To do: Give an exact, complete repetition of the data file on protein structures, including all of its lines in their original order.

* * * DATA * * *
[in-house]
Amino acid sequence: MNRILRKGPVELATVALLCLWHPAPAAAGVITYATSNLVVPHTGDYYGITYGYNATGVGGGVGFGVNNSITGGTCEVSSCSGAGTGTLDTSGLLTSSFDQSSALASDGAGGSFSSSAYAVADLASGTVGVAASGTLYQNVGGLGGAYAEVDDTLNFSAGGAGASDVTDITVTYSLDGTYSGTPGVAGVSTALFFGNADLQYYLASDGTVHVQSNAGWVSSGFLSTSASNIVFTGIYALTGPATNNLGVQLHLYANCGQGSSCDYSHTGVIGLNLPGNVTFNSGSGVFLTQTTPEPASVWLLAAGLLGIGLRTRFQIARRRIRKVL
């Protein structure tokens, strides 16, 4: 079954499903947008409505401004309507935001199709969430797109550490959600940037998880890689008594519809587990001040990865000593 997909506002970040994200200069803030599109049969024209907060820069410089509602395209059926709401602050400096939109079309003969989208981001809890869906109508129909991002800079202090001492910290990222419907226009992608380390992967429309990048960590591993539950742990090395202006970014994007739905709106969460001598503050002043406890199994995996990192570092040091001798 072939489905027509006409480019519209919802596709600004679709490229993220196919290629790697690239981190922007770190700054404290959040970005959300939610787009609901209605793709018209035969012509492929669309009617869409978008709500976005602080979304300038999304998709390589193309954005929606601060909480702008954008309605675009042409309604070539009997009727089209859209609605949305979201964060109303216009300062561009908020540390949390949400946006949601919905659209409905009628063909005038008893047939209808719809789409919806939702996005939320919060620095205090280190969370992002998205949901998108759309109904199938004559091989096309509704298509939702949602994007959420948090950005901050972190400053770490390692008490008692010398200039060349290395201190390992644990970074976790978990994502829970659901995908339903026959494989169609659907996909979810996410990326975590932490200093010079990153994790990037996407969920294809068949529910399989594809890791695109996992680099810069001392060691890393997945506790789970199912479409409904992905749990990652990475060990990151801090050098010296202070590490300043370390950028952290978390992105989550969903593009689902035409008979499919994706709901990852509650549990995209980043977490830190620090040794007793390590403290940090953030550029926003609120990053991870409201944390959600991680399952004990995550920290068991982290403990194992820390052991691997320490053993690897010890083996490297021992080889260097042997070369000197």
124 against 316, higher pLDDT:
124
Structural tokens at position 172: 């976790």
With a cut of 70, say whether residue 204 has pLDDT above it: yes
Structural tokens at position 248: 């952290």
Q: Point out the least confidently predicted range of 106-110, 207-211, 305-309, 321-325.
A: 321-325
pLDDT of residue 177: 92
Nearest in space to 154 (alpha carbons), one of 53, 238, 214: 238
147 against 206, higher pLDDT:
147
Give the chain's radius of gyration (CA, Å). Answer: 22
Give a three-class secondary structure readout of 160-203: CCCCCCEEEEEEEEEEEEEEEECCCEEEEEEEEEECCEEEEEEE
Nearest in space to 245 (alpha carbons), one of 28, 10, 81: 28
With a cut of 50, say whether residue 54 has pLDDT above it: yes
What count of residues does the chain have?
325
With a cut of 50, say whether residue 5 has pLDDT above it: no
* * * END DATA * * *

[in-house]
Amino acid sequence: MNRILRKGPVELATVALLCLWHPAPAAAGVITYATSNLVVPHTGDYYGITYGYNATGVGGGVGFGVNNSITGGTCEVSSCSGAGTGTLDTSGLLTSSFDQSSALASDGAGGSFSSSAYAVADLASGTVGVAASGTLYQNVGGLGGAYAEVDDTLNFSAGGAGASDVTDITVTYSLDGTYSGTPGVAGVSTALFFGNADLQYYLASDGTVHVQSNAGWVSSGFLSTSASNIVFTGIYALTGPATNNLGVQLHLYANCGQGSSCDYSHTGVIGLNLPGNVTFNSGSGVFLTQTTPEPASVWLLAAGLLGIGLRTRFQIARRRIRKVL
């Protein structure tokens, strides 16, 4: 079954499903947008409505401004309507935001199709969430797109550490959600940037998880890689008594519809587990001040990865000593 997909506002970040994200200069803030599109049969024209907060820069410089509602395209059926709401602050400096939109079309003969989208981001809890869906109508129909991002800079202090001492910290990222419907226009992608380390992967429309990048960590591993539950742990090395202006970014994007739905709106969460001598503050002043406890199994995996990192570092040091001798 072939489905027509006409480019519209919802596709600004679709490229993220196919290629790697690239981190922007770190700054404290959040970005959300939610787009609901209605793709018209035969012509492929669309009617869409978008709500976005602080979304300038999304998709390589193309954005929606601060909480702008954008309605675009042409309604070539009997009727089209859209609605949305979201964060109303216009300062561009908020540390949390949400946006949601919905659209409905009628063909005038008893047939209808719809789409919806939702996005939320919060620095205090280190969370992002998205949901998108759309109904199938004559091989096309509704298509939702949602994007959420948090950005901050972190400053770490390692008490008692010398200039060349290395201190390992644990970074976790978990994502829970659901995908339903026959494989169609659907996909979810996410990326975590932490200093010079990153994790990037996407969920294809068949529910399989594809890791695109996992680099810069001392060691890393997945506790789970199912479409409904992905749990990652990475060990990151801090050098010296202070590490300043370390950028952290978390992105989550969903593009689902035409008979499919994706709901990852509650549990995209980043977490830190620090040794007793390590403290940090953030550029926003609120990053991870409201944390959600991680399952004990995550920290068991982290403990194992820390052991691997320490053993690897010890083996490297021992080889260097042997070369000197």
124 against 316, higher pLDDT:
124
Structural tokens at position 172: 């976790």
With a cut of 70, say whether residue 204 has pLDDT above it: yes
Structural tokens at position 248: 């952290």
Q: Point out the least confidently predicted range of 106-110, 207-211, 305-309, 321-325.
A: 321-325
pLDDT of residue 177: 92
Nearest in space to 154 (alpha carbons), one of 53, 238, 214: 238
147 against 206, higher pLDDT:
147
Give the chain's radius of gyration (CA, Å). Answer: 22
Give a three-class secondary structure readout of 160-203: CCCCCCEEEEEEEEEEEEEEEECCCEEEEEEEEEECCEEEEEEE
Nearest in space to 245 (alpha carbons), one of 28, 10, 81: 28
With a cut of 50, say whether residue 54 has pLDDT above it: yes
What count of residues does the chain have?
325
With a cut of 50, say whether residue 5 has pLDDT above it: no